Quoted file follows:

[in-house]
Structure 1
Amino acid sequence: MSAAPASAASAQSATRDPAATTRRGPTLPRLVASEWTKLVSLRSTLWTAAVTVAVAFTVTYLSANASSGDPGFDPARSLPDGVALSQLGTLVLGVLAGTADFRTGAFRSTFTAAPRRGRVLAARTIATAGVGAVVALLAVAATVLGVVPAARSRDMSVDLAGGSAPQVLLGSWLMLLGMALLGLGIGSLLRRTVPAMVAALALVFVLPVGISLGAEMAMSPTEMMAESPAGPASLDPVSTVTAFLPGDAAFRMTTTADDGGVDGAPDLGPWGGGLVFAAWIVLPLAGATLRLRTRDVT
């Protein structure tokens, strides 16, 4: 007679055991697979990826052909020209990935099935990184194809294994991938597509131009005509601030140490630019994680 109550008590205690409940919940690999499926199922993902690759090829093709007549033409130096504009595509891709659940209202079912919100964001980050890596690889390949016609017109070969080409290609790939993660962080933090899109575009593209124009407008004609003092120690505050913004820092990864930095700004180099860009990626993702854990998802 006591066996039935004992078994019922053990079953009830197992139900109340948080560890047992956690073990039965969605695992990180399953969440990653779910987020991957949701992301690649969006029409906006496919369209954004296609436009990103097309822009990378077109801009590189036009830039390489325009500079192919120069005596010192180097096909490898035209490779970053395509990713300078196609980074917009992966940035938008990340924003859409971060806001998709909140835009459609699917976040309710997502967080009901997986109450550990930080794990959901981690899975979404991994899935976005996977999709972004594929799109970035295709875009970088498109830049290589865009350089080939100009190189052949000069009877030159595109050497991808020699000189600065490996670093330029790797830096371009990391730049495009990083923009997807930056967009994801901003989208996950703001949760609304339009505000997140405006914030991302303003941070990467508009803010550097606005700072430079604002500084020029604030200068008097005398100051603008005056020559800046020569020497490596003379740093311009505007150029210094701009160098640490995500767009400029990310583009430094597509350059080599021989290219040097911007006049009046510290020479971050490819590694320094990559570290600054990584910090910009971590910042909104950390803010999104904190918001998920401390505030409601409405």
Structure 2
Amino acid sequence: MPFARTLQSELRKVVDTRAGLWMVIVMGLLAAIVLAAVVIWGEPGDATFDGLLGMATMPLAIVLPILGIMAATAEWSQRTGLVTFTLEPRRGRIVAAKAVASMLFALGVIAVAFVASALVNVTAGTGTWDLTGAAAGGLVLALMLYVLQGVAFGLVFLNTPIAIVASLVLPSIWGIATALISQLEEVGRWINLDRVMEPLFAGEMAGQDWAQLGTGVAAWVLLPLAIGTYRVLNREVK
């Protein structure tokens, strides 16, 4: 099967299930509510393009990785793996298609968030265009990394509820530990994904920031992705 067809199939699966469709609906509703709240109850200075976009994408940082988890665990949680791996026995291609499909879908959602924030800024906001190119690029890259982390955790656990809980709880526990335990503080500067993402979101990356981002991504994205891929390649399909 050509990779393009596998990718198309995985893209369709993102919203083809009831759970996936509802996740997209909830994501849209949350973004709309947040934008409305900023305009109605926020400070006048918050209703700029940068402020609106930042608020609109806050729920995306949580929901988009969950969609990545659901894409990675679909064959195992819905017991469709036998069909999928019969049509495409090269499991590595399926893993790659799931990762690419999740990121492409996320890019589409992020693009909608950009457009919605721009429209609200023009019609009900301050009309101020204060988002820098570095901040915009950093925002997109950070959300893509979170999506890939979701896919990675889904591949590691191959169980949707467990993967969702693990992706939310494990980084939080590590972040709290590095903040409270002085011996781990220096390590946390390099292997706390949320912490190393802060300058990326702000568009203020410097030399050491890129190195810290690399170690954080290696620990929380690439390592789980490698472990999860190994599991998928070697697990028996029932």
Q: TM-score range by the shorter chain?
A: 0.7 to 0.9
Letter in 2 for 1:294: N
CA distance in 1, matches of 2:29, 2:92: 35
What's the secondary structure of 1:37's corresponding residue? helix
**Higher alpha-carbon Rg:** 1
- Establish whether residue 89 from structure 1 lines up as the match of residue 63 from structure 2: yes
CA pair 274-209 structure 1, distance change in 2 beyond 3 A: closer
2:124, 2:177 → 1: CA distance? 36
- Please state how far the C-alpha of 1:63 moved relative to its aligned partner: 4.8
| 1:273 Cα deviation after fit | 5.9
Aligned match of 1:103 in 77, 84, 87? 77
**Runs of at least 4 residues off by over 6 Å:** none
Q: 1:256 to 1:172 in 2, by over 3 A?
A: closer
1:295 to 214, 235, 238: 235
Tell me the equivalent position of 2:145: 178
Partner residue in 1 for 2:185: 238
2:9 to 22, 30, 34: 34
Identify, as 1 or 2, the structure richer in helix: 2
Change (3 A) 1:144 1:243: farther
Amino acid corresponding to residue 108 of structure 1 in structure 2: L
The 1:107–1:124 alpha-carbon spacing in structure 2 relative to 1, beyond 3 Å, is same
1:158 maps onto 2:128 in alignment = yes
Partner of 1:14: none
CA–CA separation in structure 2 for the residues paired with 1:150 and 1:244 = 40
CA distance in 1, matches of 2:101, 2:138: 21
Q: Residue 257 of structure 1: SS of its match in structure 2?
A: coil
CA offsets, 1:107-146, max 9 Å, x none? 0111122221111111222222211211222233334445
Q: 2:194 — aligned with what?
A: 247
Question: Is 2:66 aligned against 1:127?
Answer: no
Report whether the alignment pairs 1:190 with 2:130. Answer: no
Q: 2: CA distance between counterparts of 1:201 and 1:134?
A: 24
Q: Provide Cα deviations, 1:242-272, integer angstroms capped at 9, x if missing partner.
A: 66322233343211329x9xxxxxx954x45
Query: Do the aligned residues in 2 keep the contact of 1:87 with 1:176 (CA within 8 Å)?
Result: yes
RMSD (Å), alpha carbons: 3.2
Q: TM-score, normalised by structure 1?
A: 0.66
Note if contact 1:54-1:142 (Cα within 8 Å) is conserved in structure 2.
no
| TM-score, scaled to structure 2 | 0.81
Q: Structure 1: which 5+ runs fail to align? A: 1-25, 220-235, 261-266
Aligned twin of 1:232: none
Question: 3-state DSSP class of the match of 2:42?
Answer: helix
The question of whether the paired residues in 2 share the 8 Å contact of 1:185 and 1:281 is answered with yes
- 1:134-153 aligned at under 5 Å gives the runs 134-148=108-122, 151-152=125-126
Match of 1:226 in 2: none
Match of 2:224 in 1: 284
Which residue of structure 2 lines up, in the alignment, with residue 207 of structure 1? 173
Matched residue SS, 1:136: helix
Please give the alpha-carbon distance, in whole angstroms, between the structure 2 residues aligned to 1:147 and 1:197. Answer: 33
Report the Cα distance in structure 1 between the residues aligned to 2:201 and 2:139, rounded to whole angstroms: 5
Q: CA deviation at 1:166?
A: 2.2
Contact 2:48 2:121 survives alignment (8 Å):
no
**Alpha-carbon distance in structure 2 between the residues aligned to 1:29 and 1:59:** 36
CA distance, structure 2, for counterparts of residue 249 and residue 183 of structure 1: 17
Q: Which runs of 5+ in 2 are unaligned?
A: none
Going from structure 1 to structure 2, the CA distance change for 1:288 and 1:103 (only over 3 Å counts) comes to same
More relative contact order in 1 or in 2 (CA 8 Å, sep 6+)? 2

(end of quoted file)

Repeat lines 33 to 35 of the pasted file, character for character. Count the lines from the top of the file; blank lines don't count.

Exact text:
CA–CA separation in structure 2 for the residues paired with 1:150 and 1:244 = 40
CA distance in 1, matches of 2:101, 2:138: 21
Q: Residue 257 of structure 1: SS of its match in structure 2?